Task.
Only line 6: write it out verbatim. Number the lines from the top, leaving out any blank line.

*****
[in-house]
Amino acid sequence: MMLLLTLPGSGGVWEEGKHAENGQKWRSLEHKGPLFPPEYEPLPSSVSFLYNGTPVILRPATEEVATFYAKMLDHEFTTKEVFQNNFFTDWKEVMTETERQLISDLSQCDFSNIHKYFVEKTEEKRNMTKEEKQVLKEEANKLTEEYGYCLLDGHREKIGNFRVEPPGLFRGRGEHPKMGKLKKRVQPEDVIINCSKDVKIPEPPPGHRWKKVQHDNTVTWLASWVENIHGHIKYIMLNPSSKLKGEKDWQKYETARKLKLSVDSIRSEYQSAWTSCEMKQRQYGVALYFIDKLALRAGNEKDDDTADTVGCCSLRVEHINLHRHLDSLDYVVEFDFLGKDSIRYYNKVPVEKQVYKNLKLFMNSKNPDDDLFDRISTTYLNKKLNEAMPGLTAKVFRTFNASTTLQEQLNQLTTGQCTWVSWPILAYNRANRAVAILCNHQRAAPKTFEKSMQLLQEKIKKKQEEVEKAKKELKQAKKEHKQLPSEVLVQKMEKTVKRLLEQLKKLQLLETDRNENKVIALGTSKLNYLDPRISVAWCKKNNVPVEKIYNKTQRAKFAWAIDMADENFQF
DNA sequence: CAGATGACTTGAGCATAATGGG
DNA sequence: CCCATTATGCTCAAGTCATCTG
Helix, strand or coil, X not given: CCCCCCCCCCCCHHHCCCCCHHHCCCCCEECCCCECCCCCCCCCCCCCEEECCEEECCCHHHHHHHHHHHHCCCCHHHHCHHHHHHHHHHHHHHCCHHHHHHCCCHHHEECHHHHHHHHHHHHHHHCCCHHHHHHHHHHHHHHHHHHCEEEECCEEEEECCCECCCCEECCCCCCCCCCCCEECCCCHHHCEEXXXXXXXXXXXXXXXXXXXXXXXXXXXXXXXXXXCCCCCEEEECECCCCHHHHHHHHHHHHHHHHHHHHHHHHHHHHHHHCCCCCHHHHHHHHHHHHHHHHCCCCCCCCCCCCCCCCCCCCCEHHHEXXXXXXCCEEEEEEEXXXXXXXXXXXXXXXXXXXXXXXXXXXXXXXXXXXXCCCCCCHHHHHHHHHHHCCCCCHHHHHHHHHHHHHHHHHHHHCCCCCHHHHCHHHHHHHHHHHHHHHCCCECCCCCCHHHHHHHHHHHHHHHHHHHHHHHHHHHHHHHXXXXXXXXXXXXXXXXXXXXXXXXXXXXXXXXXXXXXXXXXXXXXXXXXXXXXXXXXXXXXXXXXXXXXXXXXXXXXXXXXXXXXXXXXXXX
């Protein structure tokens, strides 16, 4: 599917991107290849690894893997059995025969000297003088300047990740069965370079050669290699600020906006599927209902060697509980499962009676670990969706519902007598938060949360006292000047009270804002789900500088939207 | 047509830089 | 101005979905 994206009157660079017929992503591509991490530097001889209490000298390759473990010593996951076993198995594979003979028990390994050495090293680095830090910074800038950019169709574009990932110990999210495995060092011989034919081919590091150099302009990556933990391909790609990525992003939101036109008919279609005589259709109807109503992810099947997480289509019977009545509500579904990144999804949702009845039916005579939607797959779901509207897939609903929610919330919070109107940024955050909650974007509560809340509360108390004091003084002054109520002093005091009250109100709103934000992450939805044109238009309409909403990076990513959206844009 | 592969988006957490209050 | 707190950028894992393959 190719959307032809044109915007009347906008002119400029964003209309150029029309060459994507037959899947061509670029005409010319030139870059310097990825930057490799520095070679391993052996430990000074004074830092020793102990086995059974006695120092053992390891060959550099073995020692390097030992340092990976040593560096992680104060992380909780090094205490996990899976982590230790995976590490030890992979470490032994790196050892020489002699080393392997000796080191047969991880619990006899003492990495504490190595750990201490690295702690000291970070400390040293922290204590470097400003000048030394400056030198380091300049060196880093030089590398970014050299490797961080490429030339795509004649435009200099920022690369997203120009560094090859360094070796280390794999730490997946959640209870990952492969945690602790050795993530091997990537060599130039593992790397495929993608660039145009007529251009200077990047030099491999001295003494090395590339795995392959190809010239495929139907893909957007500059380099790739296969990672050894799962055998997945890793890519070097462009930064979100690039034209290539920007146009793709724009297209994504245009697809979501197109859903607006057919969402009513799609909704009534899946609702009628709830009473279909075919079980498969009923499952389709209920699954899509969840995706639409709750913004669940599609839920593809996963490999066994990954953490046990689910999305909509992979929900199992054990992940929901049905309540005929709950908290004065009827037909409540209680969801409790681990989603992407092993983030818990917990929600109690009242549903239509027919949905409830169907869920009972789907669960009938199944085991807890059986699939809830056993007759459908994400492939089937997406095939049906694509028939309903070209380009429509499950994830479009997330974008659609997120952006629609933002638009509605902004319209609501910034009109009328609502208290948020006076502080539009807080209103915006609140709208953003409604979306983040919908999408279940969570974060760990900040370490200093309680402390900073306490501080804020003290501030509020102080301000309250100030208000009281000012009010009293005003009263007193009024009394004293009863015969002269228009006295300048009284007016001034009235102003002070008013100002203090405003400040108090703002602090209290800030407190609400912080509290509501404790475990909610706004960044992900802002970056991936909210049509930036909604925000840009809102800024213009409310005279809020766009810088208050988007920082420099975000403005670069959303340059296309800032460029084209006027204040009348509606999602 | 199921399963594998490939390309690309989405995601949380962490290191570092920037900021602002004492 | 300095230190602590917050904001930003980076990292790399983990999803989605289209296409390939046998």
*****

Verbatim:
């Protein structure tokens, strides 16, 4: 599917991107290849690894893997059995025969000297003088300047990740069965370079050669290699600020906006599927209902060697509980499962009676670990969706519902007598938060949360006292000047009270804002789900500088939207 | 047509830089 | 101005979905 994206009157660079017929992503591509991490530097001889209490000298390759473990010593996951076993198995594979003979028990390994050495090293680095830090910074800038950019169709574009990932110990999210495995060092011989034919081919590091150099302009990556933990391909790609990525992003939101036109008919279609005589259709109807109503992810099947997480289509019977009545509500579904990144999804949702009845039916005579939607797959779901509207897939609903929610919330919070109107940024955050909650974007509560809340509360108390004091003084002054109520002093005091009250109100709103934000992450939805044109238009309409909403990076990513959206844009 | 592969988006957490209050 | 707190950028894992393959 190719959307032809044109915007009347906008002119400029964003209309150029029309060459994507037959899947061509670029005409010319030139870059310097990825930057490799520095070679391993052996430990000074004074830092020793102990086995059974006695120092053992390891060959550099073995020692390097030992340092990976040593560096992680104060992380909780090094205490996990899976982590230790995976590490030890992979470490032994790196050892020489002699080393392997000796080191047969991880619990006899003492990495504490190595750990201490690295702690000291970070400390040293922290204590470097400003000048030394400056030198380091300049060196880093030089590398970014050299490797961080490429030339795509004649435009200099920022690369997203120009560094090859360094070796280390794999730490997946959640209870990952492969945690602790050795993530091997990537060599130039593992790397495929993608660039145009007529251009200077990047030099491999001295003494090395590339795995392959190809010239495929139907893909957007500059380099790739296969990672050894799962055998997945890793890519070097462009930064979100690039034209290539920007146009793709724009297209994504245009697809979501197109859903607006057919969402009513799609909704009534899946609702009628709830009473279909075919079980498969009923499952389709209920699954899509969840995706639409709750913004669940599609839920593809996963490999066994990954953490046990689910999305909509992979929900199992054990992940929901049905309540005929709950908290004065009827037909409540209680969801409790681990989603992407092993983030818990917990929600109690009242549903239509027919949905409830169907869920009972789907669960009938199944085991807890059986699939809830056993007759459908994400492939089937997406095939049906694509028939309903070209380009429509499950994830479009997330974008659609997120952006629609933002638009509605902004319209609501910034009109009328609502208290948020006076502080539009807080209103915006609140709208953003409604979306983040919908999408279940969570974060760990900040370490200093309680402390900073306490501080804020003290501030509020102080301000309250100030208000009281000012009010009293005003009263007193009024009394004293009863015969002269228009006295300048009284007016001034009235102003002070008013100002203090405003400040108090703002602090209290800030407190609400912080509290509501404790475990909610706004960044992900802002970056991936909210049509930036909604925000840009809102800024213009409310005279809020766009810088208050988007920082420099975000403005670069959303340059296309800032460029084209006027204040009348509606999602 | 199921399963594998490939390309690309989405995601949380962490290191570092920037900021602002004492 | 300095230190602590917050904001930003980076990292790399983990999803989605289209296409390939046998």